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Frank DeFilippo: Sheila Dixon and the Well-Worn Road to Political Redemption

Former Baltimore mayor Sheila Dixon

If Sheila Dixon wins a return engagement as the next mayor of Baltimore – and it appears as if she very well could – she won’t be the first person with a criminal record to win or make a comeback to public office, far from it.

Hundreds like her, to one degree of offense or another, have marched through the revolving door of the criminal justice system to public office and back, one, famously, even while he was in prison – not once, but twice.

It is no small irony, too, that if Dixon is Baltimore’s once and future mayor, her term would bracket that of another elected mayor, her rival and nemesis Catherine Pugh, who was just measured for an orange jump suit and ordered to serve three years of soft time in a federal hot house.

Dixon’s fall from grace was criminally, but perhaps not morally, small potatoes compared to Pugh’s grand ponzi scheme that enriched her by $800,000 over seven years. Dixon stole from the poor; Pugh lined her own couture purse.


Frank A. DeFilippo

It is a common ethnic saying within the black community and several others that “when a fish goes rotten, it stinks from the head.”

The parade of public officials who’ve spun from office to prison and back again is long, colorful and instructive – that a little contrition eases the comeback trail and, if that fails, try arrogance.

Among the most publicized and outrageous of the hundreds of scallywags who’ve survived both the crime and the time to serve in public office again was James Michael Curley, who won reelection to his alderman’s seat in Boston while in prison, and again as mayor.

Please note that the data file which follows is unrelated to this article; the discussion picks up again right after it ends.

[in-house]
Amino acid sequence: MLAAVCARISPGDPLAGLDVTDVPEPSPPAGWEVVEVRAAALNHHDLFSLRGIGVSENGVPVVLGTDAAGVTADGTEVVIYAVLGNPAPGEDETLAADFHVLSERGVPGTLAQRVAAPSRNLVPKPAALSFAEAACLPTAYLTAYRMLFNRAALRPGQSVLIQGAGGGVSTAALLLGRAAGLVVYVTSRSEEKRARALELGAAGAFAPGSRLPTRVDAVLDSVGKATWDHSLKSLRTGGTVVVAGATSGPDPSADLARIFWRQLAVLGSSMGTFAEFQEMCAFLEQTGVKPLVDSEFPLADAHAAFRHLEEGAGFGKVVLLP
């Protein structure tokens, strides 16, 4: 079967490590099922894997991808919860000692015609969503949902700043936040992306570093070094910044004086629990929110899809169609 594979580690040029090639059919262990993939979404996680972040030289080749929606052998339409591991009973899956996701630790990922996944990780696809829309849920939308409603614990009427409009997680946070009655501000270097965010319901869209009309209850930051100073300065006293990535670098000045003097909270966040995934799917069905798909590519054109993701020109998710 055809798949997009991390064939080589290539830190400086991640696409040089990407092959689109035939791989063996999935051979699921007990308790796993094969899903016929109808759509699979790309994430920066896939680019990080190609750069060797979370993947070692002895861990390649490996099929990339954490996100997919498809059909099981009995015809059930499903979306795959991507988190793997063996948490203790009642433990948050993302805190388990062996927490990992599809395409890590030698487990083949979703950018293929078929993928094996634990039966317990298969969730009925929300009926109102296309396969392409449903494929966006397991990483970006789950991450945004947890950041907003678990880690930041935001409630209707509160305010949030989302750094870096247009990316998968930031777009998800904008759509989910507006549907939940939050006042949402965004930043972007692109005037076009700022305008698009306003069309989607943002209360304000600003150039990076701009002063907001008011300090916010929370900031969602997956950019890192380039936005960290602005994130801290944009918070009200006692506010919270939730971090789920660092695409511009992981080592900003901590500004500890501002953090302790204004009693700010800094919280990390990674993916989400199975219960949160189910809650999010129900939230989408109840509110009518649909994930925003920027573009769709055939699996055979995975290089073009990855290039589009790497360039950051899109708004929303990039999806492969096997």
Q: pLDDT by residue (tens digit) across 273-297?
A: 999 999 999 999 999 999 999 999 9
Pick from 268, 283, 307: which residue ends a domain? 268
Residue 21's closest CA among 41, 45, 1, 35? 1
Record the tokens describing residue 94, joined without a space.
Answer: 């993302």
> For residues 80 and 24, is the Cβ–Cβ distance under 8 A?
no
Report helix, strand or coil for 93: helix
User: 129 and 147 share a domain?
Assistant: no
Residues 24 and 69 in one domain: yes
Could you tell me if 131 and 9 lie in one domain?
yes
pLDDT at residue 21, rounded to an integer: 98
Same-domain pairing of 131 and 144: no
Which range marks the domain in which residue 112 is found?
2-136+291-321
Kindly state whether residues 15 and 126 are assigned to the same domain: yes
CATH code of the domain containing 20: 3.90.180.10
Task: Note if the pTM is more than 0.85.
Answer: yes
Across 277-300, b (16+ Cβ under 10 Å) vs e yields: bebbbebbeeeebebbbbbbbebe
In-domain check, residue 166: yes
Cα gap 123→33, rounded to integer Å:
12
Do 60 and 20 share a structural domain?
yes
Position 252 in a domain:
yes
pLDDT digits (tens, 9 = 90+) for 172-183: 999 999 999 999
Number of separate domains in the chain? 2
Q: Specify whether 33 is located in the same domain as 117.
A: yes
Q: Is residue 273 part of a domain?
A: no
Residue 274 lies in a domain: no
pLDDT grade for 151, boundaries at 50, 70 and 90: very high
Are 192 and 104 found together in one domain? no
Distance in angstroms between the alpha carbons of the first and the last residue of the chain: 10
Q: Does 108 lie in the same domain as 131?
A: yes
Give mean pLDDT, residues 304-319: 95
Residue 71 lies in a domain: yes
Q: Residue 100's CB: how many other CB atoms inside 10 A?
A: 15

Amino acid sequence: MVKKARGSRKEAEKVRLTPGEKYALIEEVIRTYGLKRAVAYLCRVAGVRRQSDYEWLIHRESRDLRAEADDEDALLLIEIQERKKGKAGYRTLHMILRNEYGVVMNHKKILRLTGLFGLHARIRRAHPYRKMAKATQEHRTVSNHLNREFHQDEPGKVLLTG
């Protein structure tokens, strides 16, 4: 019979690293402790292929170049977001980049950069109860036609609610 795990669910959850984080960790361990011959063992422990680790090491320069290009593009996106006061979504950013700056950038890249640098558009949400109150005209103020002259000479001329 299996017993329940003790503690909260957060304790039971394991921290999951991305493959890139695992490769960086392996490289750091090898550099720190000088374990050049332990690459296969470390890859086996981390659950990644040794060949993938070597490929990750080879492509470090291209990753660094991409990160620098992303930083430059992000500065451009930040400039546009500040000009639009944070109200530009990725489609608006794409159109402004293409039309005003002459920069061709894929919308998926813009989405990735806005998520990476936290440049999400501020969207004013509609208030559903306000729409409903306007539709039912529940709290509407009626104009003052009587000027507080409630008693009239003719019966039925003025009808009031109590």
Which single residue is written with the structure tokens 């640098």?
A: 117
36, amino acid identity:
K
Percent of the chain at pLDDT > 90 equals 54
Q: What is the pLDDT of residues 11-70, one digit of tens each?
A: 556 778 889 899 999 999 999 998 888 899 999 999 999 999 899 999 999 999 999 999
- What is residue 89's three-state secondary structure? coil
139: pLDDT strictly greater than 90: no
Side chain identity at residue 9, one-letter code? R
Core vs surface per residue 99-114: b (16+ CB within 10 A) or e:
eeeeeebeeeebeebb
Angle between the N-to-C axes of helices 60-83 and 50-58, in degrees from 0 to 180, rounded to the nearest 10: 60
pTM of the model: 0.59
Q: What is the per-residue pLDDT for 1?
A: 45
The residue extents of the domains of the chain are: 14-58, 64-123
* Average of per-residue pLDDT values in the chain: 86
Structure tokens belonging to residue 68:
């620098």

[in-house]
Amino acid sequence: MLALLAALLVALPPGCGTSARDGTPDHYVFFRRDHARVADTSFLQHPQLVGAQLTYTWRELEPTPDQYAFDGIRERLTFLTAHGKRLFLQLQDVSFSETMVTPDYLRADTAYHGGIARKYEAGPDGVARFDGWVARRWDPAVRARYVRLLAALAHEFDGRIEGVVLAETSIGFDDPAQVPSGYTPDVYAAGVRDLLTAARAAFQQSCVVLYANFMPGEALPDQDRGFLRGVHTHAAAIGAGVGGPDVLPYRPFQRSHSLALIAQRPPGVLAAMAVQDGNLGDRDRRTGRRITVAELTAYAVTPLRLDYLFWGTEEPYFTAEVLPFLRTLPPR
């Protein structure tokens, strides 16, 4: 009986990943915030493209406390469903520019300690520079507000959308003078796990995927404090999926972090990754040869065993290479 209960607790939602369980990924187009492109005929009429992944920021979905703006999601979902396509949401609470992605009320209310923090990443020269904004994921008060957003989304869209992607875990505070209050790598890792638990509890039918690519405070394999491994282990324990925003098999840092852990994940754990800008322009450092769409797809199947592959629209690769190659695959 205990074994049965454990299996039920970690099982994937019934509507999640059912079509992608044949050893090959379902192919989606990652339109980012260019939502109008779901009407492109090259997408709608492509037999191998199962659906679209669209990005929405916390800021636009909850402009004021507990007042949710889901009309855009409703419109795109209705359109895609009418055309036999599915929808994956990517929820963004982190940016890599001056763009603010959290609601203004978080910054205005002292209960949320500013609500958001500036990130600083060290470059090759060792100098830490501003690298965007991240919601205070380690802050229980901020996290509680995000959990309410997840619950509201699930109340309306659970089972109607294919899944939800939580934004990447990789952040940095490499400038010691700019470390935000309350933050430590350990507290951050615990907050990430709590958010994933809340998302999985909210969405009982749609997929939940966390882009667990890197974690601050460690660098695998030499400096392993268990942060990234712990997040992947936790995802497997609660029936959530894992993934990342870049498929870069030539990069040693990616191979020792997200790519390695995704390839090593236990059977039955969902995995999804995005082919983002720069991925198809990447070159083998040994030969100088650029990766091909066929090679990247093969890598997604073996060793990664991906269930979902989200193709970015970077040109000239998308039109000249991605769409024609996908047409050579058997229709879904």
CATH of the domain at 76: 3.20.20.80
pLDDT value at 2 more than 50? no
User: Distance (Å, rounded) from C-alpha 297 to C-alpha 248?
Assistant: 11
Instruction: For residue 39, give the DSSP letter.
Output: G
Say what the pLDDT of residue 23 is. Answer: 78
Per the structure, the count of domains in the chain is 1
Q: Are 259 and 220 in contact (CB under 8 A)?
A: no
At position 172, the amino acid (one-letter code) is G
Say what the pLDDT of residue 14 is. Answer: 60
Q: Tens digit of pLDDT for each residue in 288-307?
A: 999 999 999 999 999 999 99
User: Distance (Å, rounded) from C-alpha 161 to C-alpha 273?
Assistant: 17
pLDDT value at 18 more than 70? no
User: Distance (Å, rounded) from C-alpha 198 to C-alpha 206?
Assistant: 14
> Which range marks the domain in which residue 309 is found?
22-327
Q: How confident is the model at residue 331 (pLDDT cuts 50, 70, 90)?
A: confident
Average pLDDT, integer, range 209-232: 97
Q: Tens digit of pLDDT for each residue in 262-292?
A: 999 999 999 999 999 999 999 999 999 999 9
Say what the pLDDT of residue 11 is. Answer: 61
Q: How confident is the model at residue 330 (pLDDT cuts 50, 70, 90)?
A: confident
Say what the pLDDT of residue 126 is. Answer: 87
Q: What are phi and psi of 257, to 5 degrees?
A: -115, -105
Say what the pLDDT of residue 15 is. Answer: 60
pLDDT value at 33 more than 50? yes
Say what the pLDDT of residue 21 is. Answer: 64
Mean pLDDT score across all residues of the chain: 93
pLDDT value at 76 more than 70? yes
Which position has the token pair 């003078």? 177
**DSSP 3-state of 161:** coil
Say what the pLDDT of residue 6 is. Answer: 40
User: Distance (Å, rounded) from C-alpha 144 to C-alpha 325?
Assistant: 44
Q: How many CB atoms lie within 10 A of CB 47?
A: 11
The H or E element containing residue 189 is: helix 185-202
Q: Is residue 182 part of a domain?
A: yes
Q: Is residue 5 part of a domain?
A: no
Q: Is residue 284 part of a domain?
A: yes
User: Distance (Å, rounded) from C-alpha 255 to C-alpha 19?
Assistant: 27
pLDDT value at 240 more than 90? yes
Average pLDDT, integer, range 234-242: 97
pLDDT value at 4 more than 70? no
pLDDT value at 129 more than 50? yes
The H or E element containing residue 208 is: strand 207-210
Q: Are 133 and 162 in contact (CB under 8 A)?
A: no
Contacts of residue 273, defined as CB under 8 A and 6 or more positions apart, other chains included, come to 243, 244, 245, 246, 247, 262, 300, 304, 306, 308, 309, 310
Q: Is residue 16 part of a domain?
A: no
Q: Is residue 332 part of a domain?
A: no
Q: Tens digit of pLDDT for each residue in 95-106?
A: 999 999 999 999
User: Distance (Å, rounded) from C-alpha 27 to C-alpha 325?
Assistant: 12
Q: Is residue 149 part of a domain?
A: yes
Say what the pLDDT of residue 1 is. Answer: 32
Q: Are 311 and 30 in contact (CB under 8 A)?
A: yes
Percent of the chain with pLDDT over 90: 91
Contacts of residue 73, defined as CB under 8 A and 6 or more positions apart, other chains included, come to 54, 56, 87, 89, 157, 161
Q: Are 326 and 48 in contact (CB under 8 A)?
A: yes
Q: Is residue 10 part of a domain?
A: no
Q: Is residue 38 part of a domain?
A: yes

Curley also was convicted of mail fraud and spent time in jail as mayor until President Truman intervened and granted him a full pardon. Curley went on to a colorful career as mayor of Boston and one term as governor of Massachusetts. Curley was fictionalized as Frank Skeffington in Edwin O’Connor’s novel, “The Last Hurrah.”

Closer to home and only a few Zip codes away, Marion Barry, an admired but flawed civil rights activist, bounced among prison and public office in the District of Columbia more than a couple of times.

Barry was caught smoking crack in a Washington hotel room with a woman (“bitch set me up”) in 1990 and spent six months in prison. Two years later he was reelected to the District Council and in 1994 Barry was elected mayor.

After an absence and an illness, Barry resurfaced and was again elected to the council in 2004. He died in 2014. All totaled, Barry served as the District’s second mayor from 1979-91, and as its fourth mayor, from 1995-99. And he served three tenures on the D.C. Council.

In the city of Detroit, in 2017, four of the eight candidates for mayor had criminal records.